The future of coal in the U.S. is facing more uncertainty than ever. Coal production numbers over the last month have been indicative of a declining and struggling market. The day after the presidential election, stocks in some of the nation’s biggest coal mining companies fell by 10 percent, including Alpha Natural Resources, Arch Coal, Peabody Energy and Walter Energy. Most dramatically, James River Coal’s stock fell by 30 percent the day after the election.
While some politically-charged pundits may try to blame the potential extinction of coal-fired power on who’s in leadership, the equation isn’t that simple to decode. Regulations from the Environmental Protection Agency (EPA) and low natural gas prices are certain to play an even bigger role in determining the future of coal. “The extent to which coal can maintain its position is not reliant so much on politics as it is on the economic realities associated with an aging fleet, tough air quality rules,” said Randy Rawson, president and CEO of the American Boiler Manufacturers Association.
The future of coal-fired generation in the U.S. largely depends on three regulations currently on EPA’s docket. The Mercury and Air Toxics Standard (MATS) will limit the amount of mercury and non-mercury toxics that coal and oil-fired units with a capacity greater than 25 MW can emit each year. In July, EPA announced that it was reconsidering the regulation, and in November, EPA proposed an emissions limit update to MATS for new generating units. The final regulation has yet to be released, but it is expected in early 2013.
The second rule of concern is the Carbon Pollution Standard for new power plants. This regulation, which was proposed in March, will limit greenhouse gases from new fossil-fired electric generating units with a capacity greater than 25 MW. This proposed rule has largely been interpreted by the coal power community as a means for the EPA to end new coal generation, since it would be almost impossible for coal units to comply without installing carbon capture and sequestration (CCS) technology. The rule is currently in the public hearing phase, and a final rule is expected by the end of 2013.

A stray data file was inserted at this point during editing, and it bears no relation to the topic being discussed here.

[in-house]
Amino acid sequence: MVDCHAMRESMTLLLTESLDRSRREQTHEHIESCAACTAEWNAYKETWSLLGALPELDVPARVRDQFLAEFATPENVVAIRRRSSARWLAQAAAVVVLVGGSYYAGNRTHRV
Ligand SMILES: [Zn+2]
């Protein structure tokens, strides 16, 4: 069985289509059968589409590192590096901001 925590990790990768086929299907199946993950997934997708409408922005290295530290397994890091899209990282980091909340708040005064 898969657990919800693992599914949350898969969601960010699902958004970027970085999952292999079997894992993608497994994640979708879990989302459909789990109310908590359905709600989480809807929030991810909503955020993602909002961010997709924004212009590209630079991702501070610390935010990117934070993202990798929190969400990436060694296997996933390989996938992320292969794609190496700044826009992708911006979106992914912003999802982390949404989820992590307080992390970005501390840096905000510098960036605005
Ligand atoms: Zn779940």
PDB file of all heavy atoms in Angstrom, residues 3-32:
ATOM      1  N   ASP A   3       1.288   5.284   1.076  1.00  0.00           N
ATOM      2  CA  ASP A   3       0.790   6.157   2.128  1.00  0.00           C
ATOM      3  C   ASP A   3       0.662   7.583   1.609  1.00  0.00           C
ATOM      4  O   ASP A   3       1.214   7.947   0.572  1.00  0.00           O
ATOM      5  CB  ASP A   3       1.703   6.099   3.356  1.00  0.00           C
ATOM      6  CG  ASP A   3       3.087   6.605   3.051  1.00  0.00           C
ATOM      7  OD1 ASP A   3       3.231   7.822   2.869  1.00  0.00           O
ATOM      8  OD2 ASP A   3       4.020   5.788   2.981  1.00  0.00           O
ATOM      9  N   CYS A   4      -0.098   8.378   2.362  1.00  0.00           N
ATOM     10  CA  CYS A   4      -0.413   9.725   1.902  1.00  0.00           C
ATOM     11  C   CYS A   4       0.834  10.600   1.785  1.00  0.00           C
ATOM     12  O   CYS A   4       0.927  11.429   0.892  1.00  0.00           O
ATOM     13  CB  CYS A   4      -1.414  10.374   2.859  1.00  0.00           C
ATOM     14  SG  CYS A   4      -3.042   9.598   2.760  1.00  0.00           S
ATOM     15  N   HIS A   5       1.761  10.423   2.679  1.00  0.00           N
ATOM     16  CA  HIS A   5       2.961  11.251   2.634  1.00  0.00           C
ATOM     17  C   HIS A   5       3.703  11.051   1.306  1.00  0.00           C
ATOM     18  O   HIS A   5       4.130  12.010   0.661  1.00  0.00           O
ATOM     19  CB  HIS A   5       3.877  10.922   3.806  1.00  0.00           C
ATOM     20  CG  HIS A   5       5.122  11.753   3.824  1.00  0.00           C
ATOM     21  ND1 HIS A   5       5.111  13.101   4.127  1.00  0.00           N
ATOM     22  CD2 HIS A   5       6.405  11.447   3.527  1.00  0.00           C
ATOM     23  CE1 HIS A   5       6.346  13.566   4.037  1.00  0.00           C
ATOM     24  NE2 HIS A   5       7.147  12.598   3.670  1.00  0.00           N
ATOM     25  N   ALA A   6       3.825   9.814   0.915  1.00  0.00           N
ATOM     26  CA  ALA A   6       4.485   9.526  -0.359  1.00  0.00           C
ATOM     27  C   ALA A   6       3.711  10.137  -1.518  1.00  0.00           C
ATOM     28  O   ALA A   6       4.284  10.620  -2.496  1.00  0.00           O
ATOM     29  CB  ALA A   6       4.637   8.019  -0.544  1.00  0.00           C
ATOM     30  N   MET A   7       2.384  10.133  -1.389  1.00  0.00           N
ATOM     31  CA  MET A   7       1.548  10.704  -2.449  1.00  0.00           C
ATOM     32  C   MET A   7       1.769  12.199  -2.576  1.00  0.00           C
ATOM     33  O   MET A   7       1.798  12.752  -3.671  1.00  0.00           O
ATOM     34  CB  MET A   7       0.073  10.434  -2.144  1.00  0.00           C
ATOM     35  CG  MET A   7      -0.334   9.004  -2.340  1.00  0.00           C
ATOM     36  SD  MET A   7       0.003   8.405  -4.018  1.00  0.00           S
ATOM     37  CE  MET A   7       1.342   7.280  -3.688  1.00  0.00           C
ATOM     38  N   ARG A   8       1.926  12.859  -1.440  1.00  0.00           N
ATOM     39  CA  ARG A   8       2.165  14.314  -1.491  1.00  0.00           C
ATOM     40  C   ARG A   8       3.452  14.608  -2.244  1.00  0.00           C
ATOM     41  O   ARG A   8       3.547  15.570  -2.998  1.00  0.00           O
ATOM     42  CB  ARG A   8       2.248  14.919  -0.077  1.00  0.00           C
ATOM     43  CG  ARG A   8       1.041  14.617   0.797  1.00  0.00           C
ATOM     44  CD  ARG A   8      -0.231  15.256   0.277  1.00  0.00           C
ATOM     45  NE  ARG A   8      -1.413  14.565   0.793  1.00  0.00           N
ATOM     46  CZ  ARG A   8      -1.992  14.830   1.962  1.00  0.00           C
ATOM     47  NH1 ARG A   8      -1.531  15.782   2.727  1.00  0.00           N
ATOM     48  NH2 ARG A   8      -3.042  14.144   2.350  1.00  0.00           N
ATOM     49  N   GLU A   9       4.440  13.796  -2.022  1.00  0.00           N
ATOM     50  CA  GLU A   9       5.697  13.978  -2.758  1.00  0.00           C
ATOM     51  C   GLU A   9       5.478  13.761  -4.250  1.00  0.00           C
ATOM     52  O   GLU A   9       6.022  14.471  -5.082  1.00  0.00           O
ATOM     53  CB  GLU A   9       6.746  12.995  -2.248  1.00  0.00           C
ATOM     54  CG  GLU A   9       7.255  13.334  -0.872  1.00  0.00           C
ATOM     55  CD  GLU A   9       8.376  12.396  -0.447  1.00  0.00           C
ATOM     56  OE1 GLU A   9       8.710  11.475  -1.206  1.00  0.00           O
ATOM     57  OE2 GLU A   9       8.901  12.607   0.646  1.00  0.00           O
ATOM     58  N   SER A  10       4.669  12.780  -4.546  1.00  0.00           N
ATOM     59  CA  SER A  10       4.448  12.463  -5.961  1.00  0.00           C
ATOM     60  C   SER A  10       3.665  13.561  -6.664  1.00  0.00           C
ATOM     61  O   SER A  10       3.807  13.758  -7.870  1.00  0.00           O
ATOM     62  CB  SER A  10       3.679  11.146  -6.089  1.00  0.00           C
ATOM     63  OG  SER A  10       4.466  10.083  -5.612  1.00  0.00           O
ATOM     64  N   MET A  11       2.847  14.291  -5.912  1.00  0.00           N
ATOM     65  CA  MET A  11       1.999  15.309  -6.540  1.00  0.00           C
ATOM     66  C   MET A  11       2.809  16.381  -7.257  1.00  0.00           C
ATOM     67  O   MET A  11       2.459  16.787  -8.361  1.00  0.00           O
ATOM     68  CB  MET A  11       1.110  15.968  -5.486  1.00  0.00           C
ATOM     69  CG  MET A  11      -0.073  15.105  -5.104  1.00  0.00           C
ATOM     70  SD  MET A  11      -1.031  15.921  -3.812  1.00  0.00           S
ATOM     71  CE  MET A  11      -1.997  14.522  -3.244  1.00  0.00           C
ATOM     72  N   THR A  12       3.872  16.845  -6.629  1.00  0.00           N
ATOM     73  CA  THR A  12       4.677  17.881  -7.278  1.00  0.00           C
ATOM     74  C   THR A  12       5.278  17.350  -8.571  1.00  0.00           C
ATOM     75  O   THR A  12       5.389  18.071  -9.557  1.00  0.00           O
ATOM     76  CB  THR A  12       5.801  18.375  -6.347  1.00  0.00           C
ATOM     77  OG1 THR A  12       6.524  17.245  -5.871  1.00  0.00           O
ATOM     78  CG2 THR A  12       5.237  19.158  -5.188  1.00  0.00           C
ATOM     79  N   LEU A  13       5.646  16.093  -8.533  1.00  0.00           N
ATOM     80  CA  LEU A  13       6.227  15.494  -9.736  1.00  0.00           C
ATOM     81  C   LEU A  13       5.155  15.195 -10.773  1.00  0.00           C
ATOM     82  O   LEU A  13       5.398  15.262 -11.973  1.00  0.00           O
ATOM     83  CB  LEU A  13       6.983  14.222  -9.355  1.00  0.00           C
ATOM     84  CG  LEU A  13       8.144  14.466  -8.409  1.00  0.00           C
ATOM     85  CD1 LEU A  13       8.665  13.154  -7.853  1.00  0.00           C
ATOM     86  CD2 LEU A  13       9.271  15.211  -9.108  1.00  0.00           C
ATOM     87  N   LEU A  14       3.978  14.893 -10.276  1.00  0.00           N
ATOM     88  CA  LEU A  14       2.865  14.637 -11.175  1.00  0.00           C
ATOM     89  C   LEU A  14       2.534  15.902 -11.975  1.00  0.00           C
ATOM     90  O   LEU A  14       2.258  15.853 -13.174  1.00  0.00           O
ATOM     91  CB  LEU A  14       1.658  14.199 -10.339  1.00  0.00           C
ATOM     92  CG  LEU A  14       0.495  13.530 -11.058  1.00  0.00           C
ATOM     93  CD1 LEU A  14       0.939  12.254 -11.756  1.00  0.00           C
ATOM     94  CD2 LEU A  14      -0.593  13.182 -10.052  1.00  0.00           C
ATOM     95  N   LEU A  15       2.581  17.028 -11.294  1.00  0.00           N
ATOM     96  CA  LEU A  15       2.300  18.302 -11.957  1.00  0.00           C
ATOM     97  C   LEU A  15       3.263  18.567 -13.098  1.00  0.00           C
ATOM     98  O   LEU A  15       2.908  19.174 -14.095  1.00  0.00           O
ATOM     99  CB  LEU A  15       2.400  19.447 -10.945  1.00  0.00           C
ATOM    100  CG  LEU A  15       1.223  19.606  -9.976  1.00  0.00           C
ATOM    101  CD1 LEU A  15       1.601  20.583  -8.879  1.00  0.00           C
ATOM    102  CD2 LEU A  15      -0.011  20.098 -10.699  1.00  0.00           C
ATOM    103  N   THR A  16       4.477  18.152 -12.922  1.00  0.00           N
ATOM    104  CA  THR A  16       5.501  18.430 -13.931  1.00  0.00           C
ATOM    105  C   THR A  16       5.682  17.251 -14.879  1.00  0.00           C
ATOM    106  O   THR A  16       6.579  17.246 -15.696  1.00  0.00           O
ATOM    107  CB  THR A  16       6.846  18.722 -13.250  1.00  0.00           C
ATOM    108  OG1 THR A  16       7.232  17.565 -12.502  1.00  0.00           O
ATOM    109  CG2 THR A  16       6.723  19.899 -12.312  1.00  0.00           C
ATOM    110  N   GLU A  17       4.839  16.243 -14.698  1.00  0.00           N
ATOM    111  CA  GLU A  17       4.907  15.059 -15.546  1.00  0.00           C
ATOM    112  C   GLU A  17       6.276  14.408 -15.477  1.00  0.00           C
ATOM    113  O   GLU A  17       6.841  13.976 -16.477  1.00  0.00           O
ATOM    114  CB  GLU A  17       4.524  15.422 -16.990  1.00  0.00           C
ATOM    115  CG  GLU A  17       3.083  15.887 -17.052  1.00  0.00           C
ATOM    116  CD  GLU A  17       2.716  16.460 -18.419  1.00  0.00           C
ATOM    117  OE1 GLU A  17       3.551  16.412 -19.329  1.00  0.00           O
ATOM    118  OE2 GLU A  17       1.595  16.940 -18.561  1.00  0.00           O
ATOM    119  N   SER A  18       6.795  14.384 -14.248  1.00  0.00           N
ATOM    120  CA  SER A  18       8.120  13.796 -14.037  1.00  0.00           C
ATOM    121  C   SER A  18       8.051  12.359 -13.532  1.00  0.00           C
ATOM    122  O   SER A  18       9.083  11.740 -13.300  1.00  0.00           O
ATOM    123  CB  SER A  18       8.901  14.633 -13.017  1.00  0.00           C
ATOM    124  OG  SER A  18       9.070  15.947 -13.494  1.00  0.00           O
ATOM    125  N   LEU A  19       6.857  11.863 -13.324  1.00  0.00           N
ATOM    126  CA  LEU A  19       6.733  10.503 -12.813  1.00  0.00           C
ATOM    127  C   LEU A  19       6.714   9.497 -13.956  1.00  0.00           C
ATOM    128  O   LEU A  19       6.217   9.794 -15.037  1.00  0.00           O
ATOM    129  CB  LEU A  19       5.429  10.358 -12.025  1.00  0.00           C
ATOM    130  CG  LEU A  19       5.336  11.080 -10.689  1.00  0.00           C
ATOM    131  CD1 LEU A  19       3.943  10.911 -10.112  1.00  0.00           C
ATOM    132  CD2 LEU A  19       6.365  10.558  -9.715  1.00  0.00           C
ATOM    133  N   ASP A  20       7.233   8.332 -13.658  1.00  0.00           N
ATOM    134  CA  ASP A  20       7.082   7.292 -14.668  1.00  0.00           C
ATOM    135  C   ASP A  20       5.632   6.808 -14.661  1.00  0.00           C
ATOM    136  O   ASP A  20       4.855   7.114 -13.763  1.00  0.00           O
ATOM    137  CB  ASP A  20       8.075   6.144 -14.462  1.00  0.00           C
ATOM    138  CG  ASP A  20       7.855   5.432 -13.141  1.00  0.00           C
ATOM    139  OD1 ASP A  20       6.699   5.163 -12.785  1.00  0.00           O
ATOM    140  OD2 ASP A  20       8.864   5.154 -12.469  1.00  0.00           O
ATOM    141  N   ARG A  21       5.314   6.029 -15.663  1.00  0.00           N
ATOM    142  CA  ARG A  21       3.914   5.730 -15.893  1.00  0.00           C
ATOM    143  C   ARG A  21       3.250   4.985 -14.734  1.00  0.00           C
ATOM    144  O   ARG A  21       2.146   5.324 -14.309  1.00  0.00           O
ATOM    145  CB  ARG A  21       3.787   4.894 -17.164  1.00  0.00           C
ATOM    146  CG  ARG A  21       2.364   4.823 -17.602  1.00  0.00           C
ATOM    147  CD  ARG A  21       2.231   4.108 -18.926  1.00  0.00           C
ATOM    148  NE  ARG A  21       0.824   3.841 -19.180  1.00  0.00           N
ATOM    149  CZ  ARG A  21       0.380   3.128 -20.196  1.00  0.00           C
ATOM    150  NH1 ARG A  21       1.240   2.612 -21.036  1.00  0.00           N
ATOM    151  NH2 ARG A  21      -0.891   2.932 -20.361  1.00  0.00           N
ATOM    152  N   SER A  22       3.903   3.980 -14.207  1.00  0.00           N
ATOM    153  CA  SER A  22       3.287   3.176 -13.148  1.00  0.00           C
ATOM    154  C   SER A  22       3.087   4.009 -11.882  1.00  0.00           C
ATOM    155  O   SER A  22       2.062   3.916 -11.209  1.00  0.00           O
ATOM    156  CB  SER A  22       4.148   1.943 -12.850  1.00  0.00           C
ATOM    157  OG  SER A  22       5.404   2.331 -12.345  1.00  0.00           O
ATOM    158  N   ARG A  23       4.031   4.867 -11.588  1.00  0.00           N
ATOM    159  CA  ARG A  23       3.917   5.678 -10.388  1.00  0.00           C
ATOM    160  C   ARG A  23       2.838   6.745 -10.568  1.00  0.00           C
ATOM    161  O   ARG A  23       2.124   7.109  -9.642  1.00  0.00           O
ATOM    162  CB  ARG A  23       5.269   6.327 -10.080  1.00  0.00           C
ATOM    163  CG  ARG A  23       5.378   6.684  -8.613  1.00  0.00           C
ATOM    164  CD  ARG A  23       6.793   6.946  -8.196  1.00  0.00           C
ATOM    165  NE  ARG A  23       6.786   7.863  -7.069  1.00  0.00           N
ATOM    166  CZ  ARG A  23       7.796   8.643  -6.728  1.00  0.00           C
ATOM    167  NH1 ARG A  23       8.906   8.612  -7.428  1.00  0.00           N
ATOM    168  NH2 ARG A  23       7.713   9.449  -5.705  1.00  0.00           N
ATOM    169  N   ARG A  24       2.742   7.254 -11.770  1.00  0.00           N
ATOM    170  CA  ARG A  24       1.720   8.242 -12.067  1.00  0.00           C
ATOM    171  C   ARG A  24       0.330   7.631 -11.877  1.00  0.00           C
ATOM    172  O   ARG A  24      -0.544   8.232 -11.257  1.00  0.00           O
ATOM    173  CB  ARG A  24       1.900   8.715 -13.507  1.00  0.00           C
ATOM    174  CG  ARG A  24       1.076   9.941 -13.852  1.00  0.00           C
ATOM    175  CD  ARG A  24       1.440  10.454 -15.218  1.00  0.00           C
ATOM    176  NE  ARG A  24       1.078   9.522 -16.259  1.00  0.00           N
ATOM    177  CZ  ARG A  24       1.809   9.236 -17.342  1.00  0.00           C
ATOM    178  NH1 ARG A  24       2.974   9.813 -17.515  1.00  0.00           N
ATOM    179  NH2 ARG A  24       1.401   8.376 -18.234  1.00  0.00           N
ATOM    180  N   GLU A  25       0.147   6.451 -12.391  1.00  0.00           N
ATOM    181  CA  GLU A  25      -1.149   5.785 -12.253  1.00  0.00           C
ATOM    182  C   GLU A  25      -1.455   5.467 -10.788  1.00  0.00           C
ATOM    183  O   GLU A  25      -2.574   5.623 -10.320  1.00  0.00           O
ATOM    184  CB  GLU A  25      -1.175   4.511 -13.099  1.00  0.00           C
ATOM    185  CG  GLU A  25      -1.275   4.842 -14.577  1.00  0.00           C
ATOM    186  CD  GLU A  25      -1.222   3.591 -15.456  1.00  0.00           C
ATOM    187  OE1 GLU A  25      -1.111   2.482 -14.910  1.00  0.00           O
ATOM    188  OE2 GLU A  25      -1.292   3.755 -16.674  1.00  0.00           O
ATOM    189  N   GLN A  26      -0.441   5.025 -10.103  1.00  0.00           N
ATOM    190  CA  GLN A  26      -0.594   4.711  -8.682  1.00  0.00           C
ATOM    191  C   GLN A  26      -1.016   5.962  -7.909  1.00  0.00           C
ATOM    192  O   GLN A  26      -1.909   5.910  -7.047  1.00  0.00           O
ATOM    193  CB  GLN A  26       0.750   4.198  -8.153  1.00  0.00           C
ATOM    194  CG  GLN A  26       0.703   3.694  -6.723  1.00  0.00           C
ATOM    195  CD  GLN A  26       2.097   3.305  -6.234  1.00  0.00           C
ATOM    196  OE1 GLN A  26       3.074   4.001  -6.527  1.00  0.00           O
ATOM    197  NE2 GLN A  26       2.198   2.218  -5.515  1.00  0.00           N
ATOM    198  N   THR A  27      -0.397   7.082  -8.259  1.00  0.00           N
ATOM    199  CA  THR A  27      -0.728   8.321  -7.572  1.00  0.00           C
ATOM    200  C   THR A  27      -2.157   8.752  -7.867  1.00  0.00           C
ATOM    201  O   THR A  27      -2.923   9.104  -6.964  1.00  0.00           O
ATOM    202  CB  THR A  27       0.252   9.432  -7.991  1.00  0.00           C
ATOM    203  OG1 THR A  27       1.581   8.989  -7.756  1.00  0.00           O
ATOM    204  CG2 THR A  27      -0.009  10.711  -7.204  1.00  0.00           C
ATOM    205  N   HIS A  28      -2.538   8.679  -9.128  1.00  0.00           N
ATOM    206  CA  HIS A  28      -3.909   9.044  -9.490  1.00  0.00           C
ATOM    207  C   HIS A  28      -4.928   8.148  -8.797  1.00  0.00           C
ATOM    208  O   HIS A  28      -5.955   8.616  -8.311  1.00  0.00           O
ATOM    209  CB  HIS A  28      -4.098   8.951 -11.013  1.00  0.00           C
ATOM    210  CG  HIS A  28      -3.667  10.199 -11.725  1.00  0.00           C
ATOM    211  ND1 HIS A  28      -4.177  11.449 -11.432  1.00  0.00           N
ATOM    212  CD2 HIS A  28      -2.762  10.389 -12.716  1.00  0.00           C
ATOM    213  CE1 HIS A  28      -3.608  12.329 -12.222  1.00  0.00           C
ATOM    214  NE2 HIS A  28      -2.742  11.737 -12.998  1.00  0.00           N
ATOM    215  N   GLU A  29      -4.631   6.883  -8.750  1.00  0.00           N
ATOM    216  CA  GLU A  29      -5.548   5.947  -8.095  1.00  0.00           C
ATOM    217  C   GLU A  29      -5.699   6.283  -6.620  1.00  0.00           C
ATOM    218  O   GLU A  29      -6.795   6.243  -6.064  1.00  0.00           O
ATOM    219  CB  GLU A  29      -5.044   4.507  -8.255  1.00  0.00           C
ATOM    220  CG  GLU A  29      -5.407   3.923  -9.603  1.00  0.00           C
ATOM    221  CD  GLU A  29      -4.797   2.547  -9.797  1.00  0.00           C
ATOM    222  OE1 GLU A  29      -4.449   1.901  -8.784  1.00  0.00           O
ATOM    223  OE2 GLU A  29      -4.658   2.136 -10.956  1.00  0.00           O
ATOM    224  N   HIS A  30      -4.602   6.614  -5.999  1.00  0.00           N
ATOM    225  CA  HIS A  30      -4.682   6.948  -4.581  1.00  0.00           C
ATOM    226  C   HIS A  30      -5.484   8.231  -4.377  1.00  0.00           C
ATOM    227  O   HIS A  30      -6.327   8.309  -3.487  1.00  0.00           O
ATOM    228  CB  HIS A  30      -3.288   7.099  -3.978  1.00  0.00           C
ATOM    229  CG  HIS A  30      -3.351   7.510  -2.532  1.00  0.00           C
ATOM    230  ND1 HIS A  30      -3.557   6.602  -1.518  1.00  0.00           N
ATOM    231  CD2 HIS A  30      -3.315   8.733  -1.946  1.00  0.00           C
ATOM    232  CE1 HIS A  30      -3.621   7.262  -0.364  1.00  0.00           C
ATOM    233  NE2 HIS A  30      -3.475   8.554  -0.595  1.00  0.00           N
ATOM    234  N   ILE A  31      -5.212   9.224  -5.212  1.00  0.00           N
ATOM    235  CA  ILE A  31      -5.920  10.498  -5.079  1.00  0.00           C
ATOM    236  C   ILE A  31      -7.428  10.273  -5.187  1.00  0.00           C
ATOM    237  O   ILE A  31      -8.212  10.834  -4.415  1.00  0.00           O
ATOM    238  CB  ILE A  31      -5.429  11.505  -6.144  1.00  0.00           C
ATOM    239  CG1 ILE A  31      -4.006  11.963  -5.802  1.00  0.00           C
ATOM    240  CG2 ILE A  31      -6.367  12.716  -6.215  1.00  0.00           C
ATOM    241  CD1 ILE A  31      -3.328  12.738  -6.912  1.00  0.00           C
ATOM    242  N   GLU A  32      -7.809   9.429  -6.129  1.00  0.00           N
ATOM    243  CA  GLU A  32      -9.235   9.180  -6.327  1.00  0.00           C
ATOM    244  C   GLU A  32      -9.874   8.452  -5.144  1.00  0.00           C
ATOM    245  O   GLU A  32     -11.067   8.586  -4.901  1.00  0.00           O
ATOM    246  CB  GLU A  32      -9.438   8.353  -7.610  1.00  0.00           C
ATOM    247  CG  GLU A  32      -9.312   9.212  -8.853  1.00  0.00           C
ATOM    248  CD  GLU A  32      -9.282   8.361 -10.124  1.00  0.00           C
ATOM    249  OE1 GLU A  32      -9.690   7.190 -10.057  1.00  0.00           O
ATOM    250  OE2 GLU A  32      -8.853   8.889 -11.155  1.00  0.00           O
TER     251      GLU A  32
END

The third rule was actually a bit of a sigh of relief for coal generators this year: the Cross-State Air Pollution Rule, which was stayed by a federal court in August. The U.S. Court of Appeals for the D.C. Circuit ruled that the regulation exceeded the EPA’s mandate to regulate emissions and need to be revised. While EPA filed a petition for the court to reconsider its decision to overturn CSAPR in October, it’s likely that EPA will have to go back to the drawing board and make some serious revisions to the rule, which could take years.
The three aforementioned regulations will largely determine what happens to coal power in 2013 and beyond. However, natural gas also plays a substantial role. Metin Celebi, co-author of The Brattle Group’s report, “Potential Coal Plant Retirements 2012 Update,” said he expects more retirements to occur between now and 2016 than what was projected in a 2010 study. In 2010, The Brattle Group estimated that anywhere from 34 to 52 GW of coal-fired capacity would be retired by 2016. However, the group has increased its estimations by about 25 GW to 59 to 77 GW, mainly due to lower-than-expected gas prices.
Some skeptics of President Obama have argued that his second term could mean the end of new coal in the U.S. But his stance towards coal may have become more accepting over the last few years. In the second presidential debate, Obama mentioned “coal” eight times, stressing the importance of the development of clean coal technology. “We made the largest investment in clean coal technology, to make sure that even as we're producing more coal, we're producing it cleaner and smarter.”
Will coal continue to be a main source of power generation for decades to come? All of the studies point to yes. A recent report by the U.S. Government Accountability Office (GAO) predicts that coal will decline from about 42 percent in 2011 to 38 percent in 2035. These numbers line up with projections from the U.S. Energy Information Administration and others as well. Coal may become more expensive to operate over time, but it will still be an important part of U.S. power generation.